blog by Swagger Founder Cindy Brown
Lean In: Women, Work, and the Will to Lead by Sheryl Sandberg presents some data that supports what we already know: although women have made tremendous advances in the work world, there are some remaining inequalities. Sandberg argues that the way women act in the work place may be part of what holds them back from advancing in the corporate world – they lean away from challenges, when they should lean in. She also points out that it is not a simple matter of women changing their behavior to act more like men. In fact, women are at a disadvantage when asking for a raise due to cultural expectations that we all hold that women should be “nicer” than men, but not too nice.
“Men don’t have to legitimize their negotiations; they are expected to look out for themselves. Women, however, have to justify their requests. One way way of doing this is to suggest that someone more senior encouraged the negotiation…or to cite industry standards….Telling a current employer about an offer from another company is a common tactic but works for men more easily than for women. Men are allowed to be focused on their own achievements, while loyalty is expected from women. Also, just being nice is not a winning strategy. Nice sends a message that the woman is willing to sacrifice pay to be liked by others. This is why a woman needs to combine niceness with insistence, a style that Mary Sue Coleman, president of the University of Michigan, calls “relentlessly pleasant.” This method requires smiling frequently, expressing appreciation and concern, invoking common interests, emphasizing larger goals, and approaching the negotiation as solving a problem as opposed to taking a critical stance. Most negotiations involve drawn-out, successive moves, so women need to stay focused…and smile.”
Many women don’t like to negotiate and who could blame them? Not only do you need to advocate for yourself, but you also have to smile, show you are a team player, say thank you and not be too adversarial. But as women, we need to find ways in our personal and professional lives to negotiate for what we want and need whether it be fair treatment in everyday situations or for a promotion at work.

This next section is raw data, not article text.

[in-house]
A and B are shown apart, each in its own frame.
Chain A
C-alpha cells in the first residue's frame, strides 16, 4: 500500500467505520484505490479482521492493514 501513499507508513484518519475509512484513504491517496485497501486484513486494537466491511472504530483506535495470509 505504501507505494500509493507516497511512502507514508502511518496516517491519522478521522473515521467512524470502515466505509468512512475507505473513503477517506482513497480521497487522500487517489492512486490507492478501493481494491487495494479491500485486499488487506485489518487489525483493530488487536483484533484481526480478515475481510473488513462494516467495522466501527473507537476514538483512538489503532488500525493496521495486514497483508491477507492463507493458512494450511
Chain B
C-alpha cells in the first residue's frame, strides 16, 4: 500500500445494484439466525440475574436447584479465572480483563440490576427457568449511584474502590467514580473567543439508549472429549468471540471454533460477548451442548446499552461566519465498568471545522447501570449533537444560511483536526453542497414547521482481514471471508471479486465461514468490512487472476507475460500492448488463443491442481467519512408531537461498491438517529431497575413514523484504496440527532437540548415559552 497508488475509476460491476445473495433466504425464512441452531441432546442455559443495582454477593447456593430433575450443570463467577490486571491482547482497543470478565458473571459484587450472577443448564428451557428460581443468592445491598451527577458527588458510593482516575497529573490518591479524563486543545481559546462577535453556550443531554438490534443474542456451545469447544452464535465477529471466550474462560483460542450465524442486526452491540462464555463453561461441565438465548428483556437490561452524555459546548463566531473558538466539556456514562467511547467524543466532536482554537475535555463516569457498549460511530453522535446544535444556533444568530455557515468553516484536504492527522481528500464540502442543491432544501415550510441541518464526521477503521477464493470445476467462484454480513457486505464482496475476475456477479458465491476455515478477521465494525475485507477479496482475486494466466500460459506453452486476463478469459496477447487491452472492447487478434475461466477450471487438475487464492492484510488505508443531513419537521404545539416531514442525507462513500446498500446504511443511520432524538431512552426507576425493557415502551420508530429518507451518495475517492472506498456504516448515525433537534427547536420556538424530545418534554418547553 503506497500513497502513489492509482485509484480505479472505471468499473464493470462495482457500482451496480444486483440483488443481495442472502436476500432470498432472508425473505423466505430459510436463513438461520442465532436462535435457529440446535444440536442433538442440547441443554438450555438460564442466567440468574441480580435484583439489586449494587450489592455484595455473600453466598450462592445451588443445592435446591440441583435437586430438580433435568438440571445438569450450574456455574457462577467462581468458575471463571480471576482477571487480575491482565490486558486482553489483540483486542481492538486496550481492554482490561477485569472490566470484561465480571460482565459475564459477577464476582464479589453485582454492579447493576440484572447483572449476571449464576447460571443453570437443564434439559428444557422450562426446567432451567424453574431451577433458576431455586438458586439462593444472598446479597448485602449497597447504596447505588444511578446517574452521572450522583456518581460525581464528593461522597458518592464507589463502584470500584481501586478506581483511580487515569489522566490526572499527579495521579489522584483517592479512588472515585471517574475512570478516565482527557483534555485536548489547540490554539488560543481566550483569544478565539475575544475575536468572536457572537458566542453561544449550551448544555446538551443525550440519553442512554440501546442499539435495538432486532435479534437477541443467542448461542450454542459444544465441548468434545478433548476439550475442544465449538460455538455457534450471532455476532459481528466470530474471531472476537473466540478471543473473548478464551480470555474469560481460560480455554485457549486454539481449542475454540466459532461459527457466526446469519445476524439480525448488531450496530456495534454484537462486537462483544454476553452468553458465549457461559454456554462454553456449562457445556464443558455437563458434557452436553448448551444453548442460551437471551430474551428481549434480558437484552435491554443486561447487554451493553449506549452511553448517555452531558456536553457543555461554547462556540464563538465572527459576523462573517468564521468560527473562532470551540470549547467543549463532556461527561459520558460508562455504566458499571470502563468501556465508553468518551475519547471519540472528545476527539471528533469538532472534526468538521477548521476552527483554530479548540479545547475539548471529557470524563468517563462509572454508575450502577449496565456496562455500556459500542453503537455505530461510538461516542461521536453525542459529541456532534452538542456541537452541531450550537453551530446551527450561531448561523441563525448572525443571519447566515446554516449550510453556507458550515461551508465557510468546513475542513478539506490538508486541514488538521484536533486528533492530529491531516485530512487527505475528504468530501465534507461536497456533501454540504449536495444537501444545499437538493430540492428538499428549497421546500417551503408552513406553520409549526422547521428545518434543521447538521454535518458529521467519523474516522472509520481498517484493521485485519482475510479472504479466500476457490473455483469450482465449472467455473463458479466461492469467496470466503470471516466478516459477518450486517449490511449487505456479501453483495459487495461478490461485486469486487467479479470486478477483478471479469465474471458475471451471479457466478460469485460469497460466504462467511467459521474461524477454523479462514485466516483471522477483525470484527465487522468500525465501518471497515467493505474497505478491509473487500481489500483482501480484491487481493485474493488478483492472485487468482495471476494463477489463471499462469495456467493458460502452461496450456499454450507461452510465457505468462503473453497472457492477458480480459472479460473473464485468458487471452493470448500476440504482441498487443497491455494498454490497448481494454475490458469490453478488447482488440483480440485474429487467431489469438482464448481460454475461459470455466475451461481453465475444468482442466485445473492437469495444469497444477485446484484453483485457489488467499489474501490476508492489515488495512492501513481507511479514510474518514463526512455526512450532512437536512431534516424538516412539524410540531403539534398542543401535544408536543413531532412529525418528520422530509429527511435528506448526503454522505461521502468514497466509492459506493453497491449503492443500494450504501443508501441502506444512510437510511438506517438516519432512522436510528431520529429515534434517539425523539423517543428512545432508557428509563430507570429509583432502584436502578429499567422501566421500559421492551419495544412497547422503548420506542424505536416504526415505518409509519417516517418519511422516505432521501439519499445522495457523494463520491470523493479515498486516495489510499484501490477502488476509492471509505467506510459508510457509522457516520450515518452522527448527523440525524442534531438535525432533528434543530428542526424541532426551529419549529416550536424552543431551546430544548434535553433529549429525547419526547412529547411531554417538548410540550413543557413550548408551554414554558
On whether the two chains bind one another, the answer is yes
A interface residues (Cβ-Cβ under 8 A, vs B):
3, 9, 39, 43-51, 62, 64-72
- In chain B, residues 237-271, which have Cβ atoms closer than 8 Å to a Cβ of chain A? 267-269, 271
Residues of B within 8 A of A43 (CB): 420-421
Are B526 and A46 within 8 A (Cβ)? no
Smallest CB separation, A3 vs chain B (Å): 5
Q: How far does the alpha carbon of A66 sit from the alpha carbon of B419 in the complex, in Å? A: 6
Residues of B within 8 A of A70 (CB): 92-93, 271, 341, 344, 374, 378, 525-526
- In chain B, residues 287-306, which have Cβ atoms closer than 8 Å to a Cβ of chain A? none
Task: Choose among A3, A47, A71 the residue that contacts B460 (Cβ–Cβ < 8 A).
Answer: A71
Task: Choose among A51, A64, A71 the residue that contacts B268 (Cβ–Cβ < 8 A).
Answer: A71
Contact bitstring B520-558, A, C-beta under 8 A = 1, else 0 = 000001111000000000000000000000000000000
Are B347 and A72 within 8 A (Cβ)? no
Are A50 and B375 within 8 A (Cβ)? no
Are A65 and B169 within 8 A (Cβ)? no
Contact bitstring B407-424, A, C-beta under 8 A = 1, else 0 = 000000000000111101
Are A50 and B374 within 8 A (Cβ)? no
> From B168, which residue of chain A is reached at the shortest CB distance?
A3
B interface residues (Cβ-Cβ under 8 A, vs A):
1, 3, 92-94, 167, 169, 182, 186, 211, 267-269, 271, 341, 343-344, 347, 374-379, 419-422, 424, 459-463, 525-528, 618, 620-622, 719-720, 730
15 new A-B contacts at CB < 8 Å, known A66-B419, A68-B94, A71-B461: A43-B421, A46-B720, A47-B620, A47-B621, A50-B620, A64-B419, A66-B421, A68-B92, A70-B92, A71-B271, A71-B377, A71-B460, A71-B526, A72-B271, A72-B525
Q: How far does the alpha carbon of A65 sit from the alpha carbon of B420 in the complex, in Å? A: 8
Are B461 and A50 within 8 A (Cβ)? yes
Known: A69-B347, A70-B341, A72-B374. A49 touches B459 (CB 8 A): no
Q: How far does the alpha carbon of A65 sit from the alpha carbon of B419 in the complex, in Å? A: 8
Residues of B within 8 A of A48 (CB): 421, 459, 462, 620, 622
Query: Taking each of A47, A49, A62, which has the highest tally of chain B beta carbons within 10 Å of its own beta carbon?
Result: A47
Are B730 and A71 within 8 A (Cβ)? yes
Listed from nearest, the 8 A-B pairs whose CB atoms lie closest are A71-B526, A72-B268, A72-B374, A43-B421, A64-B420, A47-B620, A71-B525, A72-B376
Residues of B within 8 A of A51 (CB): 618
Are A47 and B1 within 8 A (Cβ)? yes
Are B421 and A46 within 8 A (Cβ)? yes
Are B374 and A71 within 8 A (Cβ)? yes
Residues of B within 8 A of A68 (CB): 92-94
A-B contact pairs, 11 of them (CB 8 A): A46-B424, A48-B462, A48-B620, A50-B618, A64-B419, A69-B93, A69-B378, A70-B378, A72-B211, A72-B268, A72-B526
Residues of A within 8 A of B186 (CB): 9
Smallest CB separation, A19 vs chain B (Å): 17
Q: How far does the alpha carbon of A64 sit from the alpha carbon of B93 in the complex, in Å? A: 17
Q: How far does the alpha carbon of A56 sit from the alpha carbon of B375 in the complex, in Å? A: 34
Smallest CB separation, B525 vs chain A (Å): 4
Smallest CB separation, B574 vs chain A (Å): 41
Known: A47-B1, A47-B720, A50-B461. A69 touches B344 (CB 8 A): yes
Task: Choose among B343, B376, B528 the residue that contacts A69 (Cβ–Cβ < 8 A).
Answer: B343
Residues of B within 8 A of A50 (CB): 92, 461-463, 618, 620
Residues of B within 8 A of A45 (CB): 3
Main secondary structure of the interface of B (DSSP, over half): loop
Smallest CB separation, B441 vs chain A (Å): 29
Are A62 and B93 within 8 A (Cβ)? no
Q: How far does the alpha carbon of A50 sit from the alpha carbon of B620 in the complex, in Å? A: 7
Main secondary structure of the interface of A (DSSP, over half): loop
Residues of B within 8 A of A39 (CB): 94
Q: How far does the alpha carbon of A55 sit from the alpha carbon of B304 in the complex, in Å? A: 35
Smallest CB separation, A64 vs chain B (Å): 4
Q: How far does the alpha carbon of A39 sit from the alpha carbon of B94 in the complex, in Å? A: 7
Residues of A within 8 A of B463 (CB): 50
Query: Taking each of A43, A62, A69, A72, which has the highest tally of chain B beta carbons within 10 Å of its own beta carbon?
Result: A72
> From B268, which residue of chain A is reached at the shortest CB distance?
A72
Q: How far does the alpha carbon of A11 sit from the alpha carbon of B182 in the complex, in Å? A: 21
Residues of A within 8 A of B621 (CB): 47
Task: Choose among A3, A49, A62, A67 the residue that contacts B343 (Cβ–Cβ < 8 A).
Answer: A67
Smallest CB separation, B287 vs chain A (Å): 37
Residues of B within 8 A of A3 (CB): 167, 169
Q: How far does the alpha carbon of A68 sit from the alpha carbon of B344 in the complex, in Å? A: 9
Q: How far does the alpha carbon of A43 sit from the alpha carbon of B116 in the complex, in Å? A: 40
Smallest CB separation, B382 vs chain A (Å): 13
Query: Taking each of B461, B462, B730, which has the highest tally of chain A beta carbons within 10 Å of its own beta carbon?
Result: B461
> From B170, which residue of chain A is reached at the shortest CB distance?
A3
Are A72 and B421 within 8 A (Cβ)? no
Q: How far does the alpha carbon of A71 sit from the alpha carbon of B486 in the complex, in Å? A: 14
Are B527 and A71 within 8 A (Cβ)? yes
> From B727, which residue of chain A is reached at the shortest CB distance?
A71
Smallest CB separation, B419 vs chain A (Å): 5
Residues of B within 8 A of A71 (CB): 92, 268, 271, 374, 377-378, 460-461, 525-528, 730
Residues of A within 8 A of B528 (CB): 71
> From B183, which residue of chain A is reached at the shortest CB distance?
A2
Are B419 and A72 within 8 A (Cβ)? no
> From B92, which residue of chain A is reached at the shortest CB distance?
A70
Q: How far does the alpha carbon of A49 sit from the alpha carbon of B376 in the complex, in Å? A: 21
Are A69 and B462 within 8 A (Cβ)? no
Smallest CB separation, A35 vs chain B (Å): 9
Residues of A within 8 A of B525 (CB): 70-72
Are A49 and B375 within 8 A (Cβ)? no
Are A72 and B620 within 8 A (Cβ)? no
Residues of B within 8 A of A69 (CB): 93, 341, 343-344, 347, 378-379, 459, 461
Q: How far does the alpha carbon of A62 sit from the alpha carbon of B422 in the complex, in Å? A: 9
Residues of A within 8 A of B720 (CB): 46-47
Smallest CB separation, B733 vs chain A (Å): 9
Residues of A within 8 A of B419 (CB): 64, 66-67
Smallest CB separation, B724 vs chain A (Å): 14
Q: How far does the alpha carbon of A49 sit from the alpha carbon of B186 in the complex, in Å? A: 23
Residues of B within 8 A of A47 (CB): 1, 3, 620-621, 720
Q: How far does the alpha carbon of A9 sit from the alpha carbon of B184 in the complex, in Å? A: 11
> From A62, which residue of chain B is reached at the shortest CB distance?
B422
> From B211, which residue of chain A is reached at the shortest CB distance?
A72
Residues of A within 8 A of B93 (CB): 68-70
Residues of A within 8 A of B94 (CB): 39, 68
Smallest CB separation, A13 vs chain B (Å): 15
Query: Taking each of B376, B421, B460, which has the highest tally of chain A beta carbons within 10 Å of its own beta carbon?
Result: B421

Last year, I put together a panel called “Negotiate like a Woman” for a meeting of the Boulder Business and Professional Women to address the internal and external challenges that women face in negotiating for what they want. The panelists, including me, talked about their challenges and successes in their careers as lawyers, non-profit leaders, and professional negotiators.
I drew on my own experiences finding workable negotiation strategies in my personal and professional life. In my professional life, I developed affordable housing in Boulder, Colorado for the local housing authority, often working with teams of all men to design, finance, and construct housing for families of low income. I also talked about a class I taught called Real World Planning at the University of Colorado in Boulder, College of Architecture and Planning.
The course was designed to introduce seniors studying planning and architecture, who were in their last semester to the skills that they needed in the real work world. One topic we covered was negotiation. At the beginning of that class, I asked the students who enjoyed negotiating and who hated it. Only a few ever responded that they enjoyed it, and those students were invariably men. The rare female student who liked to negotiate always caught my eye because that woman would almost always later emerge as a class leader.
For me, I began to practice negotiating small things in my life. I became very good at negotiating for a discount, a decent hotel room, a good table at a restaurant, a new car purchase and for the department store sales person to throw in the extra electrical cord that usually wasn’t included with purchase.
When we talked in class about negotiating, I asked for examples of techniques that the students had seen used for negotiation and had tried themselves. There were a variety of ideas offered, including getting angry, yelling, and being unreasonable. The students admitted that sometimes these techniques worked for them, but more often they didn’t. Over time, I’ve found that the best technique is one of absolute reasonableness and patience. I ask many questions. At my house, we call it the “what about this, what about that” technique. It looks like this: Read More…